Unfortunately we didn’t qualify for the easy ride and more shit was on its way.

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Within days of being home I started to realise things weren’t quite right with my oldest boy, who was 2 years 1 month old when Zaki was born. I wrote about some of my my concerns that he still wasn’t talking here. Well, he’s now 2 years 9 months and still not talking. He still hasn’t said mama or mummy…

If you read my blog regularly you’ll have realised I’ve been quiet lately. Not just here but on social media too. I’ve been trying to come to terms with the fact that my gorgeous boy, the kid that changed my life and taught me what true love really is, has learning disabilities.

Now I’m coming to terms with it, and I fully understand what it means, it’s actually not as scary as it sounds. But at first I was an absolute wreck. It was all I thought about and I spent every waking moment obsessing about it and what it meant. I cried and cried and cried. Then I cried a bit more. Mostly because I was scared. I had no idea what the future would hold for my sweet, precious, gorgeous, innocent boy. Well I still don’t. And I’m still scared and I still cry. But much, much less now.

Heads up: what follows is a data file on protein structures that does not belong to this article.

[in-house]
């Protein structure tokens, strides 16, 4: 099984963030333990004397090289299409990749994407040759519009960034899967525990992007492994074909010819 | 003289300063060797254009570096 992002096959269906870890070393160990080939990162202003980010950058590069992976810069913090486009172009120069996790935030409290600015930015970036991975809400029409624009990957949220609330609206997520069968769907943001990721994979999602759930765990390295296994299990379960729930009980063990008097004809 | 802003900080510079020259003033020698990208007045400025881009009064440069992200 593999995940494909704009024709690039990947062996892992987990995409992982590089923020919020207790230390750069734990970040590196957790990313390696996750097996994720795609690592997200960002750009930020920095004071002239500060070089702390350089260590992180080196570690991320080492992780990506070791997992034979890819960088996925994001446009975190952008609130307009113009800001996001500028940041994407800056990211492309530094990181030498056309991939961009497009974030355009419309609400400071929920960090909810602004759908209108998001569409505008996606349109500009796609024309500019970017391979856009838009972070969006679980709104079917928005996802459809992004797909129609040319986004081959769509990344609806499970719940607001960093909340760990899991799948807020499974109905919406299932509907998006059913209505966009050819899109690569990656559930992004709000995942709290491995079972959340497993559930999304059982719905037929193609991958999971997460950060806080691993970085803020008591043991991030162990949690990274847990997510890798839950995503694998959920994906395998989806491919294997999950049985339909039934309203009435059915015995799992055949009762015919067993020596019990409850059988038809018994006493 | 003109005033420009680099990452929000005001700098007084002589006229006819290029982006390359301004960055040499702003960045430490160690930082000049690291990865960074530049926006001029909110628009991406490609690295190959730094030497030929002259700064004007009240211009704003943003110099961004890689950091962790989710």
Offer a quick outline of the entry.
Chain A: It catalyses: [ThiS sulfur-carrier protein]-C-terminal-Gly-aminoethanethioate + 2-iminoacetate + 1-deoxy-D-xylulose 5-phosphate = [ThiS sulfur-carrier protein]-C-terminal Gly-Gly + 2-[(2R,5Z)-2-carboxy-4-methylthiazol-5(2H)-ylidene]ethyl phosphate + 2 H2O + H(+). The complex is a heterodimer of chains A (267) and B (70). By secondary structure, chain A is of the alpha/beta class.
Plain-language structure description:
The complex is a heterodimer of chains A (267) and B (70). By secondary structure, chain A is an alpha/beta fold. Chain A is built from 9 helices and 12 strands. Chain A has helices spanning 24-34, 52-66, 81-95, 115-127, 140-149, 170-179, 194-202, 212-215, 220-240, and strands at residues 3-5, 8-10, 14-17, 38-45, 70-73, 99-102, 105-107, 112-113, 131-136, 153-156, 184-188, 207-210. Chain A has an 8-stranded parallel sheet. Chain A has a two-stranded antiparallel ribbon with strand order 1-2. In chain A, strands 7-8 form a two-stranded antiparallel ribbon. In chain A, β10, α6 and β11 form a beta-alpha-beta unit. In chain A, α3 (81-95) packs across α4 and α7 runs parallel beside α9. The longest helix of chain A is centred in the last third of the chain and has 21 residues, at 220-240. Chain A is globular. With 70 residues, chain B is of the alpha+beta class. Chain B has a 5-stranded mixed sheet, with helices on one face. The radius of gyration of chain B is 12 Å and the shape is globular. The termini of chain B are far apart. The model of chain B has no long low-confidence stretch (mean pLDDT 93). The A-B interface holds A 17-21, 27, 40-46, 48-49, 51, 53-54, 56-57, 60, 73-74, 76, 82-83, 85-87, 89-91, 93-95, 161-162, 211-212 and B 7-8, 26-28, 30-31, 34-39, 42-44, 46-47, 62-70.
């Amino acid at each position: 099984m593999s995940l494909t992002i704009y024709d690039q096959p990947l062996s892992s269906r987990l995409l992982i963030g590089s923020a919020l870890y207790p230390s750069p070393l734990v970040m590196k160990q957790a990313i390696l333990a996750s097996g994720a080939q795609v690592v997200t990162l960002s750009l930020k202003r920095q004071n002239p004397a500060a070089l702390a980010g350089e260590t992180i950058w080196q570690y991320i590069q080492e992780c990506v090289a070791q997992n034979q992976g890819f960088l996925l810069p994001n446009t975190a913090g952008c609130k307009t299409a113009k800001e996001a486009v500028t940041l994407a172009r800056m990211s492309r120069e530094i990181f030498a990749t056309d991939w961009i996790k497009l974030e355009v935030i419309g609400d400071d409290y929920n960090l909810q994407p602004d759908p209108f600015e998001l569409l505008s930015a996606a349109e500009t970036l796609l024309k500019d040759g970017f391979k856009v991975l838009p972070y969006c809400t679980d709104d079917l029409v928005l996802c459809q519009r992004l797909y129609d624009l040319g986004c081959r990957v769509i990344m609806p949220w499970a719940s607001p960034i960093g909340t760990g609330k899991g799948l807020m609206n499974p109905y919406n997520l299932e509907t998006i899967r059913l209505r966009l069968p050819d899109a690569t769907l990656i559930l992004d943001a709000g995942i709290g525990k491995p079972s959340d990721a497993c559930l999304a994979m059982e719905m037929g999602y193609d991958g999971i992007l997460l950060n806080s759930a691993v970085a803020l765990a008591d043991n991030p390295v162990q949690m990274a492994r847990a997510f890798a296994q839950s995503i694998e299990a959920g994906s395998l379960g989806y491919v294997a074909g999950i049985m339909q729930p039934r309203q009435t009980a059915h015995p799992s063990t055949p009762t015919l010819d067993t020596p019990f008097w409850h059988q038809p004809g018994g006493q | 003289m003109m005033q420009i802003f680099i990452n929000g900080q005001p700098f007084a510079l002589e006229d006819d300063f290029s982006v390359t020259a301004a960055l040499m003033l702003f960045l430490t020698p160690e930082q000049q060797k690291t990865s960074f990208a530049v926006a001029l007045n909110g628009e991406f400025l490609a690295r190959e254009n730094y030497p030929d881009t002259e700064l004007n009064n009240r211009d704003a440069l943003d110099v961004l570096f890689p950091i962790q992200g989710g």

He hasn’t had an official diagnosis yet but I’ve had enough dealings with doctors to recognise the warning shots that we’ve been given from them. And I’m switched on enough to realise that he definitely has learning disabilities.

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It all started to become clear when a paediatrician carried out a hearing test on Omar about 3 weeks ago. This was after 12 sessions of speech and language therapy hadn’t really had much effect. The paediatrician told me that Omar was delayed not only with speech and language but also with social and emotional development. That set me off on a crusade of Internet research, which although can be hit and miss, I have to say, did prepare me for what was to come. I read that a delay in 2 areas or more means Gloval Development Delay (GDD). And GDD means learning disability. I still hadn’t really accepted it though. But deep deep down, I knew.

I found an amazing group on Facebook, of parents dealing with similar situations and through that group I found a lovely, supportive beacon of light in the form of another blogger. She prepared me for the emotions I was about to go through. She gave me hope and positivity too. She has been nothing short of amazing. Even though we’ve only messaged online and I haven’t actually met her, I feel like I’ve known her for years. She’s called Janine and she’s great, check out her blog here – Unhinged Mummy.